For many victims of his burglaries, though, Knight represented a troublesome thief who made them fearful and angry, and they were glad when he was behind bars.

Knight was responsible for more than 1,000 burglaries in the area, taking food, clothes, alcohol and other supplies from area camps, which he said he needed to sustain his lifestyle.

His arrest came during the early morning hours as he carried meat and other food from the Pine Tree Camp in Rome, which serves disabled children and adults.

Sgt. Terry Hughes, of the Maine Warden Service, and Perkins-Vance said they had staked the camp out and caught him as he left.

In June 2005, the Morning Sentinel published a story on “hermit of North Pond,” who had been so named by locals because of the mystery surrounding the break-ins. “For the last 15 years,” it said, “he has been picking his way through dozens of the 300 or so camps around North Pond.”

In September 2013, Knight was accepted into a special court program that will allow him to get counseling for an alcohol problem. At the time of his arrest, Pine Tree Camp employees said Knight would often steal certain types of beer, but not others. He skipped Bud Light and Miller Lite, they said, but he took Budweiser.

McKee said Knight “felt bad about what he did,” and that’s part of the reason he didn’t grant media interviews.

“He didn’t want to look like he was trying to advance anything other than remorse,” McKee said.

In the GQ article, Knight admits feeling guilty about the burglaries but said he was forced to steal to survive. “It was usually 1 or 2 a.m. I’d go in, hit the cabinets, the refrigerator. In and out. My heart rate was soaring. It was not a comfortable act. I took no pleasure in it, none at all, and I wanted it over as quickly as possible,” he said.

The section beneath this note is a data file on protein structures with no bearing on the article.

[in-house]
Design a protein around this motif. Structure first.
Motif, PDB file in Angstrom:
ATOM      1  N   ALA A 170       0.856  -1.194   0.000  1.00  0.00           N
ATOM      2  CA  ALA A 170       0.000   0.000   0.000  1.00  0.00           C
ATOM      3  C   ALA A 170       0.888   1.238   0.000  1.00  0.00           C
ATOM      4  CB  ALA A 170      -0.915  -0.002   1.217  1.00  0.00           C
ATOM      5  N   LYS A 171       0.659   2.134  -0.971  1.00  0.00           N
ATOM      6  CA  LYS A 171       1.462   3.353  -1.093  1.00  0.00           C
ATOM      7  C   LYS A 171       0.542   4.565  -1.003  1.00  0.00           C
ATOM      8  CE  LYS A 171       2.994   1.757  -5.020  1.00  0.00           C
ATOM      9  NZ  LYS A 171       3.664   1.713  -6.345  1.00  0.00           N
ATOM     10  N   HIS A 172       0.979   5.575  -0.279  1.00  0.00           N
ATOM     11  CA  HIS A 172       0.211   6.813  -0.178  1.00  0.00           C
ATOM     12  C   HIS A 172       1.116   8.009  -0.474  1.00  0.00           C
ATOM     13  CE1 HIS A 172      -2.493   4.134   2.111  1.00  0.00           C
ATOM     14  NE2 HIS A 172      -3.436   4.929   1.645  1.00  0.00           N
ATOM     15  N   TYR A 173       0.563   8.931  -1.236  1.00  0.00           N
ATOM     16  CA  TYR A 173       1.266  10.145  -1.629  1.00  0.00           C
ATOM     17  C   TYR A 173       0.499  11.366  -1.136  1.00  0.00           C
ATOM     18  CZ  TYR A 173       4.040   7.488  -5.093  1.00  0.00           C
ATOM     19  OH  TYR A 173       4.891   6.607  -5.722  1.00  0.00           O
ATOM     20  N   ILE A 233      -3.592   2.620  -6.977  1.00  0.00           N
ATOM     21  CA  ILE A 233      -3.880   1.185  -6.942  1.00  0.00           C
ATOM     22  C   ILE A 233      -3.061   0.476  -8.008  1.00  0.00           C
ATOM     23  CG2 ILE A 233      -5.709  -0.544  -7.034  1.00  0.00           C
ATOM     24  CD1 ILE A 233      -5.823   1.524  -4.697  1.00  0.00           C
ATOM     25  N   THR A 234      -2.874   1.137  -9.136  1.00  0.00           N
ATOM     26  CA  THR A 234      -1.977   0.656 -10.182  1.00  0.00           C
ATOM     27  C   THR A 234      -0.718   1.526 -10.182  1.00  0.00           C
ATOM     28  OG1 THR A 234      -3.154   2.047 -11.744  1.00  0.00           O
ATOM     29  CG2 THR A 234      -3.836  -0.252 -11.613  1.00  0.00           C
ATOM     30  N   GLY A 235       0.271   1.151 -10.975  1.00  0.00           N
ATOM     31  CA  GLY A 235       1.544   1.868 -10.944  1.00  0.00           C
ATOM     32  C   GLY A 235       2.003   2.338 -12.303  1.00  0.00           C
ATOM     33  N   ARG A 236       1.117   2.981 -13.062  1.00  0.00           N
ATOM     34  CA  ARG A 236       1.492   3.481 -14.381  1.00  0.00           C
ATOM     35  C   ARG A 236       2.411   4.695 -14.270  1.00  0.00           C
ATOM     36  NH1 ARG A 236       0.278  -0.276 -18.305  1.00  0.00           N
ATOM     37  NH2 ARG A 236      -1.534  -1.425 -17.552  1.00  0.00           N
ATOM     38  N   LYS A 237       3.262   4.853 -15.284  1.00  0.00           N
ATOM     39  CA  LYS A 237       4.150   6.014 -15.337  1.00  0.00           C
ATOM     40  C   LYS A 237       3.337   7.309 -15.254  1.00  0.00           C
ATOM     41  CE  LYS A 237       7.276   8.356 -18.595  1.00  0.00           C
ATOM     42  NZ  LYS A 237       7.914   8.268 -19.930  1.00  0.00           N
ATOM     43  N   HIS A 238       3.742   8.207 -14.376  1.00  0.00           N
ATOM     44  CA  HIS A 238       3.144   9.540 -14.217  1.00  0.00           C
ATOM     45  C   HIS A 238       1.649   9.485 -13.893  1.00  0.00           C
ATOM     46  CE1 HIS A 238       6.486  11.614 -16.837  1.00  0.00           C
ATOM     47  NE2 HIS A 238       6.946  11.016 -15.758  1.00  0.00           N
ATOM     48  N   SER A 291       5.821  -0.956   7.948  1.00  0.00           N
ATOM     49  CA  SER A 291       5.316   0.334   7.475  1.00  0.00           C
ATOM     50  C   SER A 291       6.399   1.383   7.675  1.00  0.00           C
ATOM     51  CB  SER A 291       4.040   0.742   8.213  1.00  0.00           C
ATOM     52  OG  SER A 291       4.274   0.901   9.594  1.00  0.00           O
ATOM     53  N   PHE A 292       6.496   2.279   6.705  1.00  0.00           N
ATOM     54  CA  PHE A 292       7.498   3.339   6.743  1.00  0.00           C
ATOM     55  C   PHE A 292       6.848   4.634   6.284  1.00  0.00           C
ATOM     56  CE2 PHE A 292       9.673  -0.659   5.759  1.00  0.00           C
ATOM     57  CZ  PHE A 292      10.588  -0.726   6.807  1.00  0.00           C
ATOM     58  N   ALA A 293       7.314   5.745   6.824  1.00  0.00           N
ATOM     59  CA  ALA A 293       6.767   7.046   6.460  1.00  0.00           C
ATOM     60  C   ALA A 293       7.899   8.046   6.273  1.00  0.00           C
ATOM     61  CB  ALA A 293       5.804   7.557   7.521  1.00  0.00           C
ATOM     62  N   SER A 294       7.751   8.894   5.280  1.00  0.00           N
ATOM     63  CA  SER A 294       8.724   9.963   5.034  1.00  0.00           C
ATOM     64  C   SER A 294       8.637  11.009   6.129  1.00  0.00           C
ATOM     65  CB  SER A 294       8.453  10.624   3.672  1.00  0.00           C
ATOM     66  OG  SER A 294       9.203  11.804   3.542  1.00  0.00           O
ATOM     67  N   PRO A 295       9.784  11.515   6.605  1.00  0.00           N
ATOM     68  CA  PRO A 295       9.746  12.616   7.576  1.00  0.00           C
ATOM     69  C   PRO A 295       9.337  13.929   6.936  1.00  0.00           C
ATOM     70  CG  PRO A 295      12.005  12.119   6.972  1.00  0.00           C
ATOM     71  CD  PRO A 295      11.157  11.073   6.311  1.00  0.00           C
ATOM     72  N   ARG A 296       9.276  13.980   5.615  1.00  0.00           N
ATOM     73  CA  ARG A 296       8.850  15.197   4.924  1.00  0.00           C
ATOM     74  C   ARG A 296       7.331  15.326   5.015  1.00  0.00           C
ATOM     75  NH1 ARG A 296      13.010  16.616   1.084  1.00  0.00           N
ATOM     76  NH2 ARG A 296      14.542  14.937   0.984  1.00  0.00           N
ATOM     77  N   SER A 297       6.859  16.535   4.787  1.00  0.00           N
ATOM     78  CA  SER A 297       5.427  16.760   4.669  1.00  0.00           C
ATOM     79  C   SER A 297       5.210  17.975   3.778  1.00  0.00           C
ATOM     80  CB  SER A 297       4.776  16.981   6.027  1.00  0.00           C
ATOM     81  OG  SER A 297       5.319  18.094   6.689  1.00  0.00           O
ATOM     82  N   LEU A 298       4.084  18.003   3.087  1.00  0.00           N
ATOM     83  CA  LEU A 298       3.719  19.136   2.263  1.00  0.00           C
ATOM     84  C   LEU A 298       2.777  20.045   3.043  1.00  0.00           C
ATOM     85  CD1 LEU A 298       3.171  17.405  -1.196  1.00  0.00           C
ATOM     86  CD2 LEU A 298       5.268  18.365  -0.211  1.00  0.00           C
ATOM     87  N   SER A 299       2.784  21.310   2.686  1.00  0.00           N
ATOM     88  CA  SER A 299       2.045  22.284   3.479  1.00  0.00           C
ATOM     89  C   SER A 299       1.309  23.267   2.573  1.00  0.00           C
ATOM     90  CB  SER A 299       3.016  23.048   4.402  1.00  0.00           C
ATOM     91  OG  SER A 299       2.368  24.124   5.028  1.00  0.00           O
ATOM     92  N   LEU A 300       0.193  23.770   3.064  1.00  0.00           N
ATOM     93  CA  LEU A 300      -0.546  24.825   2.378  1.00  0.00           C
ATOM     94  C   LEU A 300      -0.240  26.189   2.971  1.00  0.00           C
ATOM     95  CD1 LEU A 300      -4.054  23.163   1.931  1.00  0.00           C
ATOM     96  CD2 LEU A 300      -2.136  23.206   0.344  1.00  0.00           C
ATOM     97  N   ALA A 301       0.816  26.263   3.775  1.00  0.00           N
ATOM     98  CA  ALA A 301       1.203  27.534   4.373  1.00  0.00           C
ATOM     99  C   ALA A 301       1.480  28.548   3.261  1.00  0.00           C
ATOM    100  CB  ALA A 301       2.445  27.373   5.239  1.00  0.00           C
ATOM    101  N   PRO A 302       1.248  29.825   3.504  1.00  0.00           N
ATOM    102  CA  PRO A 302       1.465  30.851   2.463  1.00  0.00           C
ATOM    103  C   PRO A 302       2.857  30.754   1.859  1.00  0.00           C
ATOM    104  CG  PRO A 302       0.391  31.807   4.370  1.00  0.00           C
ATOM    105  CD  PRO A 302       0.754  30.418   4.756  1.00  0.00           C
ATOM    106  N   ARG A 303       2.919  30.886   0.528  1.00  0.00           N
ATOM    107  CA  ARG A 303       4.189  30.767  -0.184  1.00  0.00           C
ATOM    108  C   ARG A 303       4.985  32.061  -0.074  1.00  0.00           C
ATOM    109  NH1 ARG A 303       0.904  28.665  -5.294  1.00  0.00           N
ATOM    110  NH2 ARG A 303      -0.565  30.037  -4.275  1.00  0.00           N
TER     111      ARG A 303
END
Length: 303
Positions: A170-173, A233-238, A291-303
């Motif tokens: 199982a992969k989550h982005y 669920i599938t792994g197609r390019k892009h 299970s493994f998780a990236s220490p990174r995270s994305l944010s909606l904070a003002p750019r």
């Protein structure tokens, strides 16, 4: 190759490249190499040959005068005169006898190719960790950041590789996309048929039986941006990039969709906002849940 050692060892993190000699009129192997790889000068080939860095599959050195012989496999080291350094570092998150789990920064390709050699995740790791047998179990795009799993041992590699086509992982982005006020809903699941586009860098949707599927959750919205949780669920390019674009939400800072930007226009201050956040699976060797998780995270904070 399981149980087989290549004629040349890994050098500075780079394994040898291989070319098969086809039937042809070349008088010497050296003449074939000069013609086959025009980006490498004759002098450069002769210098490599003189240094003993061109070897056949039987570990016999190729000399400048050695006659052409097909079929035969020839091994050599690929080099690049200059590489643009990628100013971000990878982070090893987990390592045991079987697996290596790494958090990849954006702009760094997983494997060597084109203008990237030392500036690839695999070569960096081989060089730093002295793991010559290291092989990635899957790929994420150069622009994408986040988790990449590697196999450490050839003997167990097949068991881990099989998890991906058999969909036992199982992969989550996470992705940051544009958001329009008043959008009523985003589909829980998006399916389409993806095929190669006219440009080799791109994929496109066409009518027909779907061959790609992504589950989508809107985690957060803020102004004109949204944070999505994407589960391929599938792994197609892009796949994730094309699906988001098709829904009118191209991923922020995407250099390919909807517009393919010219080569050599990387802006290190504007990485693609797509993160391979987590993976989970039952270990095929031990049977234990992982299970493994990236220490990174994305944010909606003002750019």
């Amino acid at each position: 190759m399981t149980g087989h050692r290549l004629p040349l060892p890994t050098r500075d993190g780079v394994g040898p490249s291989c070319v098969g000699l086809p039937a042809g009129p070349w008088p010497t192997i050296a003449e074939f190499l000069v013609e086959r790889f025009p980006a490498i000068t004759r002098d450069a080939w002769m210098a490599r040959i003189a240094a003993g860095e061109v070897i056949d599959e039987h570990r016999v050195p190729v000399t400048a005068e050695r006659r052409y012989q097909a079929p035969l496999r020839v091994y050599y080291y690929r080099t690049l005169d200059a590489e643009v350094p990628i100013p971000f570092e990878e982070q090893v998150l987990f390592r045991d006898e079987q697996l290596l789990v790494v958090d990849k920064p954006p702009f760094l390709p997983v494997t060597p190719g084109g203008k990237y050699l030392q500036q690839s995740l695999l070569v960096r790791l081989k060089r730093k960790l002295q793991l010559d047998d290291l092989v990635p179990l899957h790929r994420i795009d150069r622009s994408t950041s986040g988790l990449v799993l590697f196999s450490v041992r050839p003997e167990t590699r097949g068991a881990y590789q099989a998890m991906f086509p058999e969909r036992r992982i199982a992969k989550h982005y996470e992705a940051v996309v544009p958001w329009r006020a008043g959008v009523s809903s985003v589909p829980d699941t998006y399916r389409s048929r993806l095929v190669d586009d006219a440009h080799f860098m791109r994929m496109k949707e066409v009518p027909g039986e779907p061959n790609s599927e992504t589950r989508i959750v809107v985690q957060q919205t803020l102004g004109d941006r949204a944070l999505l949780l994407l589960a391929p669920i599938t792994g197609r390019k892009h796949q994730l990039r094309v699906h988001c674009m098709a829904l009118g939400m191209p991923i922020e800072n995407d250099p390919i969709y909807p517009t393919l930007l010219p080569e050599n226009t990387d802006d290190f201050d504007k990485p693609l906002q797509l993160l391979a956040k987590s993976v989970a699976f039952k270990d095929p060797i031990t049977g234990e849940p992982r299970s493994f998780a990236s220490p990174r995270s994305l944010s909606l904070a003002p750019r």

Knight also told GQ Magazine that he wished to return to the woods, but he knew that he wouldn’t be able to because of the terms of his release.

“Sitting here in jail, I don’t like what I see in the society I’m about to enter,” he said. “I don’t think I’m going to fit in. It’s too loud. Too colorful. The lack of aesthetics. The crudeness. The inanities. The trivia.”

Knight hasn’t said why he left his Albion home sometime after 1986 to live in the woods. The GQ article suggests he might have Asperger syndrome, a form of autism, but Knight told the magazine he is not taking medication.

In the GQ interview, Knight doesn’t shed much more light on why he went into the woods, saying he doesn’t have a reason and “can’t explain why.”

On his final visit with Knight, Finkel reports that Knight said he was never happy around others in his youth.

At his campsite, Knight is quoted as saying, “I found a place where I was content.” He also told the magazine he “expected to die out there” in the woods.

“What I miss most is somewhere between quiet and solitude,” Knight said. “What I miss most is stillness.”

Finkel never got a clear answer to the “why” question. He said he doesn’t know for sure, but he said Knight’s motivation could be like anyone else’s: He wanted contentment.

“He said he found a place where he was more content than any other place,” Finkel said. “It might be as simple as that.”

Michael Shepherd — 370-7652

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Twitter: @mikeshepherdme